In the Americas, early Western colonizers grew hemp for textiles and rope, but Native Americans have used cannabis as a health enhancer for centuries (probably in a few "peace pipes" along the way).

Likewise, Dutch settlers in South Africa in the 17th century discovered that the plant was already being used by local Khoisan and Bantu peoples.

In the mid- 19th century , cannabis was quite widely used in the West as one of the secret ingredients in so-called patent medicines . Without significant limitations, doctors experience its psychoactive properties both on themselves and on their patients.

At the end of the 19th century , the general consensus was that cannabis could have both positive and negative effects on people, which meant that its use should be controlled by stricter legislation.

Many states are beginning to require drugmakers to list cannabis-containing ingredients on their product labels, as skepticism about its benefits to society begins to grow.

20th century: a period of tightening

Although there is evidence of the prohibition of cannabis in ancient times (perhaps the first recorded example is when Sudun Sheikhuni, the emir of Joneima in Arabia, banned its use in the 1300s), the law began to restrict the use of cannabis in the early 20th century. .

In 1906 , the District of Columbia was the first in the United States to restrict the sale of cannabis . Curiously, in 1913 it was banned in Jamaica (then under British rule).

It was also banned in South Africa in 1922 and in the 1920s in the UK and New Zealand. Canada criminalized it in 1923.

In the 1930s the United States restricted the use of cannabis unless a high tax was paid, and in the 1950s two laws were passed in the United States that paved the way for the long "War on Drugs" that would follow from the 1960s to the 1990s. Under the Narcotics Act of 1956, first possession of cannabis could result in two to ten years in prison.

Cannabis and counterculture

These laws failed to stop the spread of cannabis use , which peaked in the 1960s ; the counterculture decade, in which cannabis, LSD, and other psychedelics became widely associated with "hippies" and were popularized in literature, rock and roll, film, and art .

In the 1980s , it was estimated that approximately 200 million people worldwide used cannabis regularly, but almost two decades passed before the medical community began to seriously study and re-evaluate cannabis .

The 1990s: cannabis becoming medicine again?

In 1990, an anonymous survey of members of the American Society of Clinical Oncology aimed to measure the attitudes of American oncologists toward the antiemetic (treatment of vomiting and nausea) use of cannabis in cancer chemotherapy patients.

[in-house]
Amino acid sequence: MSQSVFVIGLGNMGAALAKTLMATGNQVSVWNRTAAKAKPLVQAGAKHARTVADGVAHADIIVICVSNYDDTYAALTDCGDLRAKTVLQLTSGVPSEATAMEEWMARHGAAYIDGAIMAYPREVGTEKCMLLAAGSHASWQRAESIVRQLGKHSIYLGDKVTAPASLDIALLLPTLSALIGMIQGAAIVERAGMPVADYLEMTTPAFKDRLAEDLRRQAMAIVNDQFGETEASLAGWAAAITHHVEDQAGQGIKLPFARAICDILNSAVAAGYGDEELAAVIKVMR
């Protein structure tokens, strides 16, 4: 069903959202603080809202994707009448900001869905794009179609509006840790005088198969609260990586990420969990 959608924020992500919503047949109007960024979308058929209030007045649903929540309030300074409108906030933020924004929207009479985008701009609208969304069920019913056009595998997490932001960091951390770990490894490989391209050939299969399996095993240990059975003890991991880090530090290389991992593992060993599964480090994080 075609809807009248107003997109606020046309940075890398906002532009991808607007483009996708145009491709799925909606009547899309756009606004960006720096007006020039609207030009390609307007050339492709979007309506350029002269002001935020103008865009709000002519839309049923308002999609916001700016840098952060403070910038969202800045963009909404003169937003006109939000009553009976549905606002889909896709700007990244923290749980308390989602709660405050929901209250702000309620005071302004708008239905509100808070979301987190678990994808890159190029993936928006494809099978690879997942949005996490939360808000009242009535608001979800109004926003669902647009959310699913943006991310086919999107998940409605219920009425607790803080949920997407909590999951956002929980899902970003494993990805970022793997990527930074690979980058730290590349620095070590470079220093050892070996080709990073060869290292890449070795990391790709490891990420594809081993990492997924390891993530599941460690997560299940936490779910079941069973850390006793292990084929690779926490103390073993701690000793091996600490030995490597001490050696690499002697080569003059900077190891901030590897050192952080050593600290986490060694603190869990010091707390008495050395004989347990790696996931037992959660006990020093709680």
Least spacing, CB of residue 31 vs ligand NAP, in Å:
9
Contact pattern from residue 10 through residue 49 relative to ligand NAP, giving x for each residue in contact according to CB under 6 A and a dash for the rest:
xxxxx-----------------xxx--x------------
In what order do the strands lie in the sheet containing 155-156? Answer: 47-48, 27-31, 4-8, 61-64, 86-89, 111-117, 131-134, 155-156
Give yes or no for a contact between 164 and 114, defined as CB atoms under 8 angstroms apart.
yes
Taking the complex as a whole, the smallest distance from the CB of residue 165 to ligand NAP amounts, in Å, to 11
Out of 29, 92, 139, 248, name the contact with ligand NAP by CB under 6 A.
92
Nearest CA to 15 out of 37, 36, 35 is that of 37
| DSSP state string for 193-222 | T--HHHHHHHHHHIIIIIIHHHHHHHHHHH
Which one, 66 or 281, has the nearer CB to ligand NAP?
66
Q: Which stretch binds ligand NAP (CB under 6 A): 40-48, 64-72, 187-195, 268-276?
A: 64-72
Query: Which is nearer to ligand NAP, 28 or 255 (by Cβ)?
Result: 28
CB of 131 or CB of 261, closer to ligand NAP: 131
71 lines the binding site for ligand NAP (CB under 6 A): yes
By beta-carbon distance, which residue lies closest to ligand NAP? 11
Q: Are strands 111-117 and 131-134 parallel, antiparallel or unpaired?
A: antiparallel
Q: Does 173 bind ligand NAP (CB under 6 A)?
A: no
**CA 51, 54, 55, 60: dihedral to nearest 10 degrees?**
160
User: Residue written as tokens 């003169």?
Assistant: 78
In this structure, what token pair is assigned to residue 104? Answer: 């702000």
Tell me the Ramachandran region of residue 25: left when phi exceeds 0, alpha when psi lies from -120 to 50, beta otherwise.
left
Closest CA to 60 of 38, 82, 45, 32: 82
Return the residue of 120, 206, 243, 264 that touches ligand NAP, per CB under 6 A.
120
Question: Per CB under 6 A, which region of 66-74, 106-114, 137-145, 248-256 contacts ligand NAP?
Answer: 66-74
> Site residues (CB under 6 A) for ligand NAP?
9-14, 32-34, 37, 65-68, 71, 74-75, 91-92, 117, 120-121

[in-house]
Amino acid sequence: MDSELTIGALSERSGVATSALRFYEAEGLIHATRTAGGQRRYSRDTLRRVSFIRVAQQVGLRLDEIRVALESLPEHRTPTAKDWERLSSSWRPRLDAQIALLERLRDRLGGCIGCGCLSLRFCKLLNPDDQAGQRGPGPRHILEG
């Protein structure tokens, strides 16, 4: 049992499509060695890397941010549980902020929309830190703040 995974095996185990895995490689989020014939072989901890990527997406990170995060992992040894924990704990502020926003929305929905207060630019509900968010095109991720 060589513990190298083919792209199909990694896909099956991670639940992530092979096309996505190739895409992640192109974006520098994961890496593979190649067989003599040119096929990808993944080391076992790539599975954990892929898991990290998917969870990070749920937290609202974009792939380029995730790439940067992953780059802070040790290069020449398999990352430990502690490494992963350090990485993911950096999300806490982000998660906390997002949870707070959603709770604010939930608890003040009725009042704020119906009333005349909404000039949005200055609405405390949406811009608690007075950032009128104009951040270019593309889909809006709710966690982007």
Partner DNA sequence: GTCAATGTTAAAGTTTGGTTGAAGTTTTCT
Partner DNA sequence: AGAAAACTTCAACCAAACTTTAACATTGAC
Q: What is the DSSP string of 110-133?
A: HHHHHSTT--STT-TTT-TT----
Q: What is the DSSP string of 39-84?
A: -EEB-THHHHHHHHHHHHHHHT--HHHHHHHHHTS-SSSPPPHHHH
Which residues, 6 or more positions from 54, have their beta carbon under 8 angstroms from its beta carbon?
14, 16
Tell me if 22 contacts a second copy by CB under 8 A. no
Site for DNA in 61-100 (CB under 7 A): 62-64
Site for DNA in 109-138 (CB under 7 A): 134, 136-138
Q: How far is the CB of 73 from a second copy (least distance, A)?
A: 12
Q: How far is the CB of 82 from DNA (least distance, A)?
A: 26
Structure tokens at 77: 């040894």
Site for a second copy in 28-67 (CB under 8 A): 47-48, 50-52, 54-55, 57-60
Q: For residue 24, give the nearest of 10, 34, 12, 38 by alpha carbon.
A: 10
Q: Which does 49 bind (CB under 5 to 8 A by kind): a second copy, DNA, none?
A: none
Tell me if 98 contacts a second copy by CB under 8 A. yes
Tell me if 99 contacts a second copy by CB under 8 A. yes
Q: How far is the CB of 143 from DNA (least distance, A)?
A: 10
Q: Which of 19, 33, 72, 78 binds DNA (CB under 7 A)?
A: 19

Surprisingly, nearly 50% responded that they had recommended the use of cannabis to at least one patient. This was quite a breakthrough for the medical community, and the legal use of marijuana in medical treatment continued throughout the 1990s, with numerous lawsuits filed both for and against the removal of "Schedule" status. 1" of the THC compound in cannabis. .

In 1996 , a major breakthrough was made in California when the US state allowed patients and their primary caregivers to possess and grow marijuana to treat AIDS, cancer , muscle spasticity , migraines and other ailments.

Over the next few years, many US states would follow California's lead, and worldwide in the late 1990s and early 2000s medical cannabis was legalized in a number of countries, including Italy , Israel , Finland and Canada .

Why is Medical Cannabis legal?

Simply put, the many benefits of cannabis in medical care have become systematically proven , and many legislators have decided that its use should be allowed, as long as it is performed under the direction of licensed medical professionals.

Some of the major medicinal benefits of cannabis include chronic pain relief ; increased lung capacity (contrary to popular belief!); regulation of diabetes; possible contribution to fighting forms of cancer and treating depression (read more about the top 20 medical benefits here ).

Curiously, 2020 has seen an increase in the purchase of medical cannabis , with early research tentatively suggesting that it may be able to combat some of the symptoms of COVID-19 : "Cannabis plant extracts have also been shown to Whole reduces blood clotting (coagulation) in animal models; many of the negative systemic effects of COVID-19 are known to appear to be related to impaired coagulation.

In France :

The first medical cannabis prescriptions took place in March 2021.

It has also been confirmed that up to 3,000 patients have been selected and 700 of them suffer from chronic pain. It is important to know that chronic pain affects 5% of the population. This clinical trial is important to them. If the results are conclusive, these new drugs mixing THC and CBD will relieve them on a daily basis.

TO READ MEDICAL CANNABIS IN FRANCE

What are the Benefits of Cannabis Microdosing?

The main "problem" with cannabis is THC: too much of this psychoactive compound can lead to drowsiness, memory loss, confused thinking and memory (conversely, studies on mice show that low doses have a positive effect on memory).

Many people want to experience the therapeutic benefits of cannabis without getting "high" - and that's where microdosing provides a solution.

These days, many people are using products containing CBD or microdoses of cannabis to enhance their daily mental or physical activities, much the same way others may turn to energy drinks or coffee.